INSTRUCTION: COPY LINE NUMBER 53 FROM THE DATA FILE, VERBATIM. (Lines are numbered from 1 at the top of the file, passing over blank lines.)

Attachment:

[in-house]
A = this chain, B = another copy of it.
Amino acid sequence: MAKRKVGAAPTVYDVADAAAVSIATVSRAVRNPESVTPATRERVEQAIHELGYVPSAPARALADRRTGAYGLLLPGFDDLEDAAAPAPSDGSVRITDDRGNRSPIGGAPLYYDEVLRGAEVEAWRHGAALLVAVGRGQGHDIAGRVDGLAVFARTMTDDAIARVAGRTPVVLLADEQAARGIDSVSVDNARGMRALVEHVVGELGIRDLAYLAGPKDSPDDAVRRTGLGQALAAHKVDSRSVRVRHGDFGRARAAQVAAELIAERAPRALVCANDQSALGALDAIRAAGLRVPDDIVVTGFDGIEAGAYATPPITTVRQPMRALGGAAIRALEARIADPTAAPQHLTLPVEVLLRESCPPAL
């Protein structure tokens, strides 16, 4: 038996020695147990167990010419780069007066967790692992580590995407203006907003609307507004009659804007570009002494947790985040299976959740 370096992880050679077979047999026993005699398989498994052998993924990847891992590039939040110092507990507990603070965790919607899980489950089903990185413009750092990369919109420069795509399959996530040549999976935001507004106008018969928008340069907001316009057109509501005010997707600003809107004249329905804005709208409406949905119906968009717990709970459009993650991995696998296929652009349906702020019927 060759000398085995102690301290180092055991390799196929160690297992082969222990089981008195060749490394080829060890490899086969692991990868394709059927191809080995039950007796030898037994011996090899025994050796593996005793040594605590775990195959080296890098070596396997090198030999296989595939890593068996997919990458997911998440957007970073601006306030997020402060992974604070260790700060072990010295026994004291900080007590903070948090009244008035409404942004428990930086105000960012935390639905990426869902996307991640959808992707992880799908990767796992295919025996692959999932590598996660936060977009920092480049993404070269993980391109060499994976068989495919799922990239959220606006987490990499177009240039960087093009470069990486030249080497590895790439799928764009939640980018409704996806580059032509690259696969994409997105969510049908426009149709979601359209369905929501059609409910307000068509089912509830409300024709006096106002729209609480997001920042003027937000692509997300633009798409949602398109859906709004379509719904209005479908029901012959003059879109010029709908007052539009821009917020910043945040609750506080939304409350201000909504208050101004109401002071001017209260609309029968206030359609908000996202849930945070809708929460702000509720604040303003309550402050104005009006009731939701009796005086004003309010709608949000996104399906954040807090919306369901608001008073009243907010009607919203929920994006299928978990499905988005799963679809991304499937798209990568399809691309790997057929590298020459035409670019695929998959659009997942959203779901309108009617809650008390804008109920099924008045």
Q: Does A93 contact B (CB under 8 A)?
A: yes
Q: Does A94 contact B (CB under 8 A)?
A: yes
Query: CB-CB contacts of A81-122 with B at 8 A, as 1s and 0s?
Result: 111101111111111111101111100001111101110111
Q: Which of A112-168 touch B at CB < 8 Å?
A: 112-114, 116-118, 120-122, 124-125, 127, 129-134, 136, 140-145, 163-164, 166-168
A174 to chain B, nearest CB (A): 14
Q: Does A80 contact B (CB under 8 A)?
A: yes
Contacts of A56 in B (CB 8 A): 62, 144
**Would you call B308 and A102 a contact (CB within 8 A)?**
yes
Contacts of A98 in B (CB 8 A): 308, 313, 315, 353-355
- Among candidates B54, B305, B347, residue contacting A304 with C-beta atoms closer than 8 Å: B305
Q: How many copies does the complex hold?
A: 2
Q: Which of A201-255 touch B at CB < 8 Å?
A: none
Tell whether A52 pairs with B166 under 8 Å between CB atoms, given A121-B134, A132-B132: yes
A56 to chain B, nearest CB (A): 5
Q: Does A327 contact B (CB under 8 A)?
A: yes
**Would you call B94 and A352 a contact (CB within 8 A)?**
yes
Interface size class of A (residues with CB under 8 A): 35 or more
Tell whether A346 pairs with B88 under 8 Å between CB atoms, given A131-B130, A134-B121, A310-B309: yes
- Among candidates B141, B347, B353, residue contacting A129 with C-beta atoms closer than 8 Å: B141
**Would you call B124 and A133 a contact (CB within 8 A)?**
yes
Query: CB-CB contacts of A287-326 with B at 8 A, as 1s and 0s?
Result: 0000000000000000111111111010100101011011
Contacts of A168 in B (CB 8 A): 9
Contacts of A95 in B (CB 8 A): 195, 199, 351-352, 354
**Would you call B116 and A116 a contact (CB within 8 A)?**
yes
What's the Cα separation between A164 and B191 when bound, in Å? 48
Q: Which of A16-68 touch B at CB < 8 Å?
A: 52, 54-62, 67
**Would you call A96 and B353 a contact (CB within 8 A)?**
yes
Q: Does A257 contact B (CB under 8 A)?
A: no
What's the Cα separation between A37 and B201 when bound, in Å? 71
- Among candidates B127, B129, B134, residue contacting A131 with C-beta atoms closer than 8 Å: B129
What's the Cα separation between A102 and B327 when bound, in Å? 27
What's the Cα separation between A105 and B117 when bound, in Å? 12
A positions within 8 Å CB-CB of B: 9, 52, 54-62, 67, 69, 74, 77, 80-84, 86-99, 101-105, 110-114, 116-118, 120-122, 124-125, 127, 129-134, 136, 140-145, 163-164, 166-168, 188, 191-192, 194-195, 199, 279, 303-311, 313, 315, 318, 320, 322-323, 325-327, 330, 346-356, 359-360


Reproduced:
A positions within 8 Å CB-CB of B: 9, 52, 54-62, 67, 69, 74, 77, 80-84, 86-99, 101-105, 110-114, 116-118, 120-122, 124-125, 127, 129-134, 136, 140-145, 163-164, 166-168, 188, 191-192, 194-195, 199, 279, 303-311, 313, 315, 318, 320, 322-323, 325-327, 330, 346-356, 359-360